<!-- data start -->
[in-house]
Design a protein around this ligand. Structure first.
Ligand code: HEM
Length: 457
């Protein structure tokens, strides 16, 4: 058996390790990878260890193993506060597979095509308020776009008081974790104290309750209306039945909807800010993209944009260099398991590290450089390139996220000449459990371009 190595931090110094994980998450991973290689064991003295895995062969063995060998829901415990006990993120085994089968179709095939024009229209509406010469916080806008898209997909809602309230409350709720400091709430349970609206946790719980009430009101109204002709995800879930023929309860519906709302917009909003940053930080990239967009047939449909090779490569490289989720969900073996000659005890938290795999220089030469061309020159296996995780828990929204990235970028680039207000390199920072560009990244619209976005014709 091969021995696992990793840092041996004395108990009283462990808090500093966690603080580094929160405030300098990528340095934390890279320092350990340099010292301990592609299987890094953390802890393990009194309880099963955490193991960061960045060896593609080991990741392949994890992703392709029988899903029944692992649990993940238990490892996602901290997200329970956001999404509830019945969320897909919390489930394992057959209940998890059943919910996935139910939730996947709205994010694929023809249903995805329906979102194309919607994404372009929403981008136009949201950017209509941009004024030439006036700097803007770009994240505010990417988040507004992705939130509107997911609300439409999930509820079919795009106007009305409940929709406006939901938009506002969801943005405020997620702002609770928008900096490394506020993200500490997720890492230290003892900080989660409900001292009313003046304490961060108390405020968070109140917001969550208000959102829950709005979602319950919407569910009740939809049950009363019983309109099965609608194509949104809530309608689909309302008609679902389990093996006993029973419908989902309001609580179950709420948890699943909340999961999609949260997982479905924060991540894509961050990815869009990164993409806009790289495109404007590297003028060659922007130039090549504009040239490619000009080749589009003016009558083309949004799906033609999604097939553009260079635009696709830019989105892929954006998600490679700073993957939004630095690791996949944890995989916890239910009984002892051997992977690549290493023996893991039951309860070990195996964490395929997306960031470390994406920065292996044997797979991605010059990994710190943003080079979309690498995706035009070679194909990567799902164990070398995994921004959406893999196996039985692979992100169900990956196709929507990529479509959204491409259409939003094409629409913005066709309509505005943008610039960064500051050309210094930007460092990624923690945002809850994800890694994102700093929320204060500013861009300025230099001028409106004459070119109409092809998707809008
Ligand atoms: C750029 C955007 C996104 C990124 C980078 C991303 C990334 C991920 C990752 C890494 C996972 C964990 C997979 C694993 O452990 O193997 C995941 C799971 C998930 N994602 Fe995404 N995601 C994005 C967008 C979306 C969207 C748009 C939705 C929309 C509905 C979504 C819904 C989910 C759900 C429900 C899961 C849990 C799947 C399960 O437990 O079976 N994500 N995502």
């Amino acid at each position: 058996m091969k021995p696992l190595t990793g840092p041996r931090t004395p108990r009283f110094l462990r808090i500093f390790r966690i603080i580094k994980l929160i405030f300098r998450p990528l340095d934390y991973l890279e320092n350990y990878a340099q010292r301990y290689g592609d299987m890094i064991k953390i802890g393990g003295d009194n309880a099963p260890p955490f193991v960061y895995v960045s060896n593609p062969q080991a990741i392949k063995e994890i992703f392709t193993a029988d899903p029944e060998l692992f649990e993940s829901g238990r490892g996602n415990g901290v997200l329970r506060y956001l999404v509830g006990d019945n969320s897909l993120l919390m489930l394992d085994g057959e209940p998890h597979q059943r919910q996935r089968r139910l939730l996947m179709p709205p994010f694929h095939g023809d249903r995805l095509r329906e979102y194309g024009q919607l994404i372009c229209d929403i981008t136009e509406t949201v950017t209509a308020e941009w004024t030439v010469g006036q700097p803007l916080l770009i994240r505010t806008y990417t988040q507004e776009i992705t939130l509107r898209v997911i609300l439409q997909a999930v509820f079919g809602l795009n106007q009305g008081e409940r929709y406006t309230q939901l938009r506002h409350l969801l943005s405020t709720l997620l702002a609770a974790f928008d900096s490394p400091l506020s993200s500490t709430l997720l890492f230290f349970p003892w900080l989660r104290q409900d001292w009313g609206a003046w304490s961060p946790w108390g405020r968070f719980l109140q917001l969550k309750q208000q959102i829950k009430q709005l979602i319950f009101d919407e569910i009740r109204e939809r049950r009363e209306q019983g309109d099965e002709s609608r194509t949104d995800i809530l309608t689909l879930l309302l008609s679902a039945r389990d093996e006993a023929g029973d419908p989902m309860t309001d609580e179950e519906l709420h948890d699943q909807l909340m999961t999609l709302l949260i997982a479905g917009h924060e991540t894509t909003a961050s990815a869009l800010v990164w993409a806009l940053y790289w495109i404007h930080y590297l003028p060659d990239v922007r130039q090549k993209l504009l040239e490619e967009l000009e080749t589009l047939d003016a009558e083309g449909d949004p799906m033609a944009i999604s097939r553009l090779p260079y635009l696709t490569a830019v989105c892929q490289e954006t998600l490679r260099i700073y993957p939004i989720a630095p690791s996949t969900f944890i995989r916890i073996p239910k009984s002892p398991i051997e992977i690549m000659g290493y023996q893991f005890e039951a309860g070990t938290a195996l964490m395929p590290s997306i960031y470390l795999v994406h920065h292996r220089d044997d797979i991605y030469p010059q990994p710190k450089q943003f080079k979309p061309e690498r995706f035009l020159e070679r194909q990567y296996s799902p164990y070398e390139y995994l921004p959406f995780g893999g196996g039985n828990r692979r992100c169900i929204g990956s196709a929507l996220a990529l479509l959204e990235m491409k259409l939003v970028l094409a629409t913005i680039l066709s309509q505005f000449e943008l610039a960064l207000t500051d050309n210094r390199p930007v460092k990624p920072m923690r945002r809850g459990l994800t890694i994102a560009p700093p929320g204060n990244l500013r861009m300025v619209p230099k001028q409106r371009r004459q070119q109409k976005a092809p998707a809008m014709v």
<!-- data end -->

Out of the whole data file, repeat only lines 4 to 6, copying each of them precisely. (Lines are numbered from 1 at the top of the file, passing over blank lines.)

Length: 457
């Protein structure tokens, strides 16, 4: 058996390790990878260890193993506060597979095509308020776009008081974790104290309750209306039945909807800010993209944009260099398991590290450089390139996220000449459990371009 190595931090110094994980998450991973290689064991003295895995062969063995060998829901415990006990993120085994089968179709095939024009229209509406010469916080806008898209997909809602309230409350709720400091709430349970609206946790719980009430009101109204002709995800879930023929309860519906709302917009909003940053930080990239967009047939449909090779490569490289989720969900073996000659005890938290795999220089030469061309020159296996995780828990929204990235970028680039207000390199920072560009990244619209976005014709 091969021995696992990793840092041996004395108990009283462990808090500093966690603080580094929160405030300098990528340095934390890279320092350990340099010292301990592609299987890094953390802890393990009194309880099963955490193991960061960045060896593609080991990741392949994890992703392709029988899903029944692992649990993940238990490892996602901290997200329970956001999404509830019945969320897909919390489930394992057959209940998890059943919910996935139910939730996947709205994010694929023809249903995805329906979102194309919607994404372009929403981008136009949201950017209509941009004024030439006036700097803007770009994240505010990417988040507004992705939130509107997911609300439409999930509820079919795009106007009305409940929709406006939901938009506002969801943005405020997620702002609770928008900096490394506020993200500490997720890492230290003892900080989660409900001292009313003046304490961060108390405020968070109140917001969550208000959102829950709005979602319950919407569910009740939809049950009363019983309109099965609608194509949104809530309608689909309302008609679902389990093996006993029973419908989902309001609580179950709420948890699943909340999961999609949260997982479905924060991540894509961050990815869009990164993409806009790289495109404007590297003028060659922007130039090549504009040239490619000009080749589009003016009558083309949004799906033609999604097939553009260079635009696709830019989105892929954006998600490679700073993957939004630095690791996949944890995989916890239910009984002892051997992977690549290493023996893991039951309860070990195996964490395929997306960031470390994406920065292996044997797979991605010059990994710190943003080079979309690498995706035009070679194909990567799902164990070398995994921004959406893999196996039985692979992100169900990956196709929507990529479509959204491409259409939003094409629409913005066709309509505005943008610039960064500051050309210094930007460092990624923690945002809850994800890694994102700093929320204060500013861009300025230099001028409106004459070119109409092809998707809008
Ligand atoms: C750029 C955007 C996104 C990124 C980078 C991303 C990334 C991920 C990752 C890494 C996972 C964990 C997979 C694993 O452990 O193997 C995941 C799971 C998930 N994602 Fe995404 N995601 C994005 C967008 C979306 C969207 C748009 C939705 C929309 C509905 C979504 C819904 C989910 C759900 C429900 C899961 C849990 C799947 C399960 O437990 O079976 N994500 N995502």